The number of extortions have not decreased—in fact, the public prosecutor’s office has registered a 30 percent increase in reports of extortion since Bukele assumed the presidency. The head of the anti-exortion unit of the prosecutor's office, who is an optimist, tries to see these numbers in a positive light: he says that what this figure represents is a 30 percent increase in citizen confidence in government institutions, and that this confidence is what inspires citizens to file complaints. That’s one way of looking at it. Another way is to see it as just further evidence that the gangs have maintained their capacity to intimidate, to assert their authority by force, and to impose their law—all without needing to kill. Or, at least, that they are making a more rational and perhaps more efficient use of such murderous violence.

As is our custom at El Faro, we seek answers by going directly to the source. In this case, we went directly to the gangs, to ask them about this exceptionally strange situation. We have yet to find any answers, and the situation remains difficult for us to explain. What we have encountered is an atmosphere of intense hermeticism among the gangs, whose members have told us that they had decided to suspend all contact with journalists during the first 100 days of Bukele's government. When those first 100 days were up, we were told that the agreement had been extended indefinitely. Some sources simply disappeared from our radar… But not all of them.

One high-ranking gang member, with nationally recognized authority, agreed to talk to me on condition that I did not reveal his name, his nickname, or the name of his gang. He told me there were certain things he could not disclose—that there were things he could only hint at, and that I would have to be satisfied with just these clues.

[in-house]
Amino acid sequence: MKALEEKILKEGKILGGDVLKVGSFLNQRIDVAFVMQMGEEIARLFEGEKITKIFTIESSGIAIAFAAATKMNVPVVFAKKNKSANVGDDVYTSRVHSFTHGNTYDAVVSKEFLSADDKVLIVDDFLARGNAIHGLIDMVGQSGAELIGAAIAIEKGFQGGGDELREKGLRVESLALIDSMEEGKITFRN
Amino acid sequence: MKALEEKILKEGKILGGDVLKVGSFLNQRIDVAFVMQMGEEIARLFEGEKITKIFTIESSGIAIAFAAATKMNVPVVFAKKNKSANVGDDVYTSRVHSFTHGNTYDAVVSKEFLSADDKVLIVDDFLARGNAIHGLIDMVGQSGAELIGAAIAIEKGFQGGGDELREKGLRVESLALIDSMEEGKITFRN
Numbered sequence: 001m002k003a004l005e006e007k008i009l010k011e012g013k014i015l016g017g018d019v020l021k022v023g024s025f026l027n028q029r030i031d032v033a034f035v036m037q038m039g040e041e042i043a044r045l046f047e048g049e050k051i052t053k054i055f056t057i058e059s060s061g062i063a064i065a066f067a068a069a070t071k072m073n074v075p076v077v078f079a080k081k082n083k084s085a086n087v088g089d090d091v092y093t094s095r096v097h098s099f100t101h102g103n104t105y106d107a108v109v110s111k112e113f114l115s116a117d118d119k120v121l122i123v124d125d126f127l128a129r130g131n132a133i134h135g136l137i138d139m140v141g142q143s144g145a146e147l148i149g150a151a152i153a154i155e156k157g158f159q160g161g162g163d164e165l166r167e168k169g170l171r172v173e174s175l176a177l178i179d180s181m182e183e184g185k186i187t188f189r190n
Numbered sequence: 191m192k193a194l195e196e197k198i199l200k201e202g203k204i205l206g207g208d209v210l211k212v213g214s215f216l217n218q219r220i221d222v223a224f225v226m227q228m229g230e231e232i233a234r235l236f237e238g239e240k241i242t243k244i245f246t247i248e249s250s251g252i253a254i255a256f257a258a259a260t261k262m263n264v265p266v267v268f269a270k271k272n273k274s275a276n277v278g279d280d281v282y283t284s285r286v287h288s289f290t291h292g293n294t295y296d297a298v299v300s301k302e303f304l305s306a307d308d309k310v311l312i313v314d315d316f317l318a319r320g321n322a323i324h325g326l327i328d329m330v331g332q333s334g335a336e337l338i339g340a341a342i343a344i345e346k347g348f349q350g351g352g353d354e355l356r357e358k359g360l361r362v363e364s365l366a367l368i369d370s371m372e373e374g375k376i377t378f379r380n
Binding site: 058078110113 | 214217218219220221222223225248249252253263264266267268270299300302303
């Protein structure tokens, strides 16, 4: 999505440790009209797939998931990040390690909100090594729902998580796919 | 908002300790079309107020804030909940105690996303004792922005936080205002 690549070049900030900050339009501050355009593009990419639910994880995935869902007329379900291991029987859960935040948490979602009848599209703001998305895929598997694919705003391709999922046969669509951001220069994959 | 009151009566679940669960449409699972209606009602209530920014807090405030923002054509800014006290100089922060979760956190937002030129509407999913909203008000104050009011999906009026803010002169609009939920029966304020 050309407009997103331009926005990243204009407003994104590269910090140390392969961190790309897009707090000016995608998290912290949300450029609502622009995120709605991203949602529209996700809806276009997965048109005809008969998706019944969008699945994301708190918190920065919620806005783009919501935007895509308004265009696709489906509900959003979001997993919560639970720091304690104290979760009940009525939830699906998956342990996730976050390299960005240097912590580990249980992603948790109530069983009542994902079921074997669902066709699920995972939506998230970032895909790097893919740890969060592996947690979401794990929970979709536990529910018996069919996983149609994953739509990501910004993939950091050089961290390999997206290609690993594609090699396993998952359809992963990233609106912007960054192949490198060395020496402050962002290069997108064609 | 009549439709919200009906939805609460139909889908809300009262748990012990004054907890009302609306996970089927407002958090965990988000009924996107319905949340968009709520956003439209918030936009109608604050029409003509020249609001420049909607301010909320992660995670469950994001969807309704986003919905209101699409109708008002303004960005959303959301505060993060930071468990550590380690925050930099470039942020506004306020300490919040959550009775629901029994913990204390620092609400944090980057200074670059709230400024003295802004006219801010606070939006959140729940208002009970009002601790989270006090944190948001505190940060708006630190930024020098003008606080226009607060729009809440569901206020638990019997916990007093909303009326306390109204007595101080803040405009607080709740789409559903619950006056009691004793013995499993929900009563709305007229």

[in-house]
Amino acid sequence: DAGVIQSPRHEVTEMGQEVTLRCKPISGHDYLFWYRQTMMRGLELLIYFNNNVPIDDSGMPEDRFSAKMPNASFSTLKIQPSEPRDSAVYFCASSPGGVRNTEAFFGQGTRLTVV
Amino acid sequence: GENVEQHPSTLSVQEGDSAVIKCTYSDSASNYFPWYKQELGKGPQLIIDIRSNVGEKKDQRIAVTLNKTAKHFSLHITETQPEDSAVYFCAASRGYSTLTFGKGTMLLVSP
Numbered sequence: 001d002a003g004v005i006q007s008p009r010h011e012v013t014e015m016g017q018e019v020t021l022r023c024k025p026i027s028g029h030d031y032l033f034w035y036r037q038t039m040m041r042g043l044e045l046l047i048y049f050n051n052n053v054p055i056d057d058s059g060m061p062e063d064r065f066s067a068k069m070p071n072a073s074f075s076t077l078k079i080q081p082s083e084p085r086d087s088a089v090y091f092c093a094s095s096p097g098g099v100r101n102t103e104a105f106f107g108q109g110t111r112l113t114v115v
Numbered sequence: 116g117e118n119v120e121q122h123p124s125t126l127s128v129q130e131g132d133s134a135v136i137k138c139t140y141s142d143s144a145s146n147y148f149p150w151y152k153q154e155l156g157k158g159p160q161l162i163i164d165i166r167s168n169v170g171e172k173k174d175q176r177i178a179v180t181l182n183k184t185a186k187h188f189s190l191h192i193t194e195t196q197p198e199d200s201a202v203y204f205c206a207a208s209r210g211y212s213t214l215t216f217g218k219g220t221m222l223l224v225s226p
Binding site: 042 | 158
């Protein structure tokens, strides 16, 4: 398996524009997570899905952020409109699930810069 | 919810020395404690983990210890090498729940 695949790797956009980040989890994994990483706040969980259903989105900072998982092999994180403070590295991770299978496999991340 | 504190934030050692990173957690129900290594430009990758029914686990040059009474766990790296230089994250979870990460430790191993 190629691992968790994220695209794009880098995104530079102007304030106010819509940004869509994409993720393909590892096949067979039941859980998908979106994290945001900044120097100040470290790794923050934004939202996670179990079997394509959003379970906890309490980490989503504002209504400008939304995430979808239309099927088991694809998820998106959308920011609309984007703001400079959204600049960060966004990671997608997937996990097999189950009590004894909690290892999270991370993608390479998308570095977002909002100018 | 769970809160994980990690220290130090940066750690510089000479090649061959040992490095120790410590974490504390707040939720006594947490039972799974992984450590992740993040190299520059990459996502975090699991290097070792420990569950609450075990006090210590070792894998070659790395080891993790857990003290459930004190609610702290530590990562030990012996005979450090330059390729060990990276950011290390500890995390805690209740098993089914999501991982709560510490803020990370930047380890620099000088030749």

In the middle of our conversation, this man said something regarding the agreement the gangs made with the government of former president Mauricio Funes in 2012 that’s stuck with me,. At that time, the government thought they had scored big when they made a pact with the gangs in hopes of reducing the number of murders nationwide. Despite the fact that the murder rate did indeed plummet overnight, the agreement was deeply unpopular. Salvadorans hated the truce, the government had to let the negotiation process die, and the ruling FMLN party had to vehemently renounce the process in order to win the presidential elections in 2014.

This is what the gang member told me:

I recognize that there were some problems with the truce. One of these, from our perspective as outlaws, is that we believed that murders were at the heart of the truce. When I found out that this, the murder rate, that it wasn’t what people cared about, I realized it didn’t matter, you know? At the time, we didn’t understand it. We decreased the murders, and what happened? Nothing. Nothing, man! The Salvadoran people don’t give 100,000 yards of shit about the murders. That’s why, when I realized this, I offered to do it without anyone having to ask: ‘Hey, I’ll put the brakes on this shit for you, I’ll slow it down right now if you want.’ I already understood that the people don't value that, it doesn’t matter to them.

“What really did have an effect on me,” he continued, “were the rent payments [extortions]. No one mentions that. No one is talking to me about that at all. It might seem like I gave a lot and only received a little, but really I didn’t give anything. At least not anything that actually mattered to me.”

His words have not totally solved the puzzle, but they do reflect a dark vision of the society in which this man—and perhaps his whole gang—thinks he lives. I don’t know about you, but I still give a shit, and those 100,000 yards still keep me up at night.

*Translated by Max Granger

EL PAÍS and EL FARO have joined forces to expand the coverage of, and the conversation about, Central America. Every two weeks, on Saturday, a journalist from EL FARO contributes his or her perspective to the pages of EL PAÍS, providing insight into a region undergoing one its most turbulent periods to date.